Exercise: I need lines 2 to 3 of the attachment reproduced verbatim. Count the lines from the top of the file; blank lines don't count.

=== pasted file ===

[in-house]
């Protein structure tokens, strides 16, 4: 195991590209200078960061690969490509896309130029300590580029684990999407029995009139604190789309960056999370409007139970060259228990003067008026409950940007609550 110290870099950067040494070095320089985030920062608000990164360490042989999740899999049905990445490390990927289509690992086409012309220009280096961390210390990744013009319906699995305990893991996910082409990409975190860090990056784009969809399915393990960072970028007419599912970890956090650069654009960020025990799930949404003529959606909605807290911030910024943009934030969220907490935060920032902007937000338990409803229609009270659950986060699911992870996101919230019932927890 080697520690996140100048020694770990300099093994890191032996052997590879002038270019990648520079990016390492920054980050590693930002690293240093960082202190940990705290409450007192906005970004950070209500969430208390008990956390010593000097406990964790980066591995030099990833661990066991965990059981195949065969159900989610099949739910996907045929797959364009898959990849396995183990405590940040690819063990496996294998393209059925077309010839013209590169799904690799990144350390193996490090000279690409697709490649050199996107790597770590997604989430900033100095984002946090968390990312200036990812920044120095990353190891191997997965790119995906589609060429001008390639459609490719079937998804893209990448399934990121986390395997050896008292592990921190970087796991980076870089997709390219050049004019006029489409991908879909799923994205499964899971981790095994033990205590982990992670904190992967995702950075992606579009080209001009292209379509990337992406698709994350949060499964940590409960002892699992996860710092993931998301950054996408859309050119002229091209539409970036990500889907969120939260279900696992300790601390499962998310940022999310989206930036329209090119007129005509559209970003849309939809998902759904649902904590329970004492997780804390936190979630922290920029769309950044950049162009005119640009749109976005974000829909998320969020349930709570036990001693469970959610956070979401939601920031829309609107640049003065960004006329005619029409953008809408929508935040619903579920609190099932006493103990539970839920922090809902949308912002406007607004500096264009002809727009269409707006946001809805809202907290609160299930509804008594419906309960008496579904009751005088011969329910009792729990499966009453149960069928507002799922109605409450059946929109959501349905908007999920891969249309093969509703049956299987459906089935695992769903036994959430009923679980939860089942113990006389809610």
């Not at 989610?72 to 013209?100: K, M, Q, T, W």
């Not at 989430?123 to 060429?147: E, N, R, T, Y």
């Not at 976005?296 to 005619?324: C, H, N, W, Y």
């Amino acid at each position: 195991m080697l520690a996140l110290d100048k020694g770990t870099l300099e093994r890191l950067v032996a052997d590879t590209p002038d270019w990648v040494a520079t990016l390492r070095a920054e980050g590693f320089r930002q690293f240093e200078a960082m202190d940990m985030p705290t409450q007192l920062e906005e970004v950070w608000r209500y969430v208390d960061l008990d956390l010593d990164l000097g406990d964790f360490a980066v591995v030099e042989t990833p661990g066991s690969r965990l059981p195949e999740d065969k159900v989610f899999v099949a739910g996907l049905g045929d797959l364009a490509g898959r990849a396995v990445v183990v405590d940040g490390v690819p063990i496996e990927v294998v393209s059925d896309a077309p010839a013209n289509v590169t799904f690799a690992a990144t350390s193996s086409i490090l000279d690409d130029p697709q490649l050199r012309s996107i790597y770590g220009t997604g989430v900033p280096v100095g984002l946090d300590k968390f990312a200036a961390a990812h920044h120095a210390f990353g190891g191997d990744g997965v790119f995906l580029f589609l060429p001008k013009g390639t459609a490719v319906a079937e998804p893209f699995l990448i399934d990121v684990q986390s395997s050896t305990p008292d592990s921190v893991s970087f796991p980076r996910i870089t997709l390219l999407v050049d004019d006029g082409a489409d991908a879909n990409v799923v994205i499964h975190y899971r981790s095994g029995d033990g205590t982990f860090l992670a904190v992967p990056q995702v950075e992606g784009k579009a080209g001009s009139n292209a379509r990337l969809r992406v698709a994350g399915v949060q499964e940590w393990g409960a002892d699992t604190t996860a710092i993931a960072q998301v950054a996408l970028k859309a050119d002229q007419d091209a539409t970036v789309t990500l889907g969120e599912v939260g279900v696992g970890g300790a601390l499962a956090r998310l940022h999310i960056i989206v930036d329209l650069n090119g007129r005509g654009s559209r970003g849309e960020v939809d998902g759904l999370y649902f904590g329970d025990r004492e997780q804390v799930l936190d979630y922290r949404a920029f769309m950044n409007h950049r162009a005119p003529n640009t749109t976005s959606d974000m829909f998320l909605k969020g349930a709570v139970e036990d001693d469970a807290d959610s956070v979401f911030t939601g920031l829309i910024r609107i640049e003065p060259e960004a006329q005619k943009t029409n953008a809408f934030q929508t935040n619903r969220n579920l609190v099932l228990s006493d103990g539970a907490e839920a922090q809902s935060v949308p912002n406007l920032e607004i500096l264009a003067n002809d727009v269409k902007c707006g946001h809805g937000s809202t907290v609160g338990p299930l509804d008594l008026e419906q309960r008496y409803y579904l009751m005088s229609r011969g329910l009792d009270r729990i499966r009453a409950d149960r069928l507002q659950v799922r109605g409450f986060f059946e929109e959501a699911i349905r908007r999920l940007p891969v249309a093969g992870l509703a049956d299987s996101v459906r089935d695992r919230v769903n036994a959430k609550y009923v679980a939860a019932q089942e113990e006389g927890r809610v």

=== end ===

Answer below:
């Protein structure tokens, strides 16, 4: 195991590209200078960061690969490509896309130029300590580029684990999407029995009139604190789309960056999370409007139970060259228990003067008026409950940007609550 110290870099950067040494070095320089985030920062608000990164360490042989999740899999049905990445490390990927289509690992086409012309220009280096961390210390990744013009319906699995305990893991996910082409990409975190860090990056784009969809399915393990960072970028007419599912970890956090650069654009960020025990799930949404003529959606909605807290911030910024943009934030969220907490935060920032902007937000338990409803229609009270659950986060699911992870996101919230019932927890 080697520690996140100048020694770990300099093994890191032996052997590879002038270019990648520079990016390492920054980050590693930002690293240093960082202190940990705290409450007192906005970004950070209500969430208390008990956390010593000097406990964790980066591995030099990833661990066991965990059981195949065969159900989610099949739910996907045929797959364009898959990849396995183990405590940040690819063990496996294998393209059925077309010839013209590169799904690799990144350390193996490090000279690409697709490649050199996107790597770590997604989430900033100095984002946090968390990312200036990812920044120095990353190891191997997965790119995906589609060429001008390639459609490719079937998804893209990448399934990121986390395997050896008292592990921190970087796991980076870089997709390219050049004019006029489409991908879909799923994205499964899971981790095994033990205590982990992670904190992967995702950075992606579009080209001009292209379509990337992406698709994350949060499964940590409960002892699992996860710092993931998301950054996408859309050119002229091209539409970036990500889907969120939260279900696992300790601390499962998310940022999310989206930036329209090119007129005509559209970003849309939809998902759904649902904590329970004492997780804390936190979630922290920029769309950044950049162009005119640009749109976005974000829909998320969020349930709570036990001693469970959610956070979401939601920031829309609107640049003065960004006329005619029409953008809408929508935040619903579920609190099932006493103990539970839920922090809902949308912002406007607004500096264009002809727009269409707006946001809805809202907290609160299930509804008594419906309960008496579904009751005088011969329910009792729990499966009453149960069928507002799922109605409450059946929109959501349905908007999920891969249309093969509703049956299987459906089935695992769903036994959430009923679980939860089942113990006389809610």
């Not at 989610?72 to 013209?100: K, M, Q, T, W």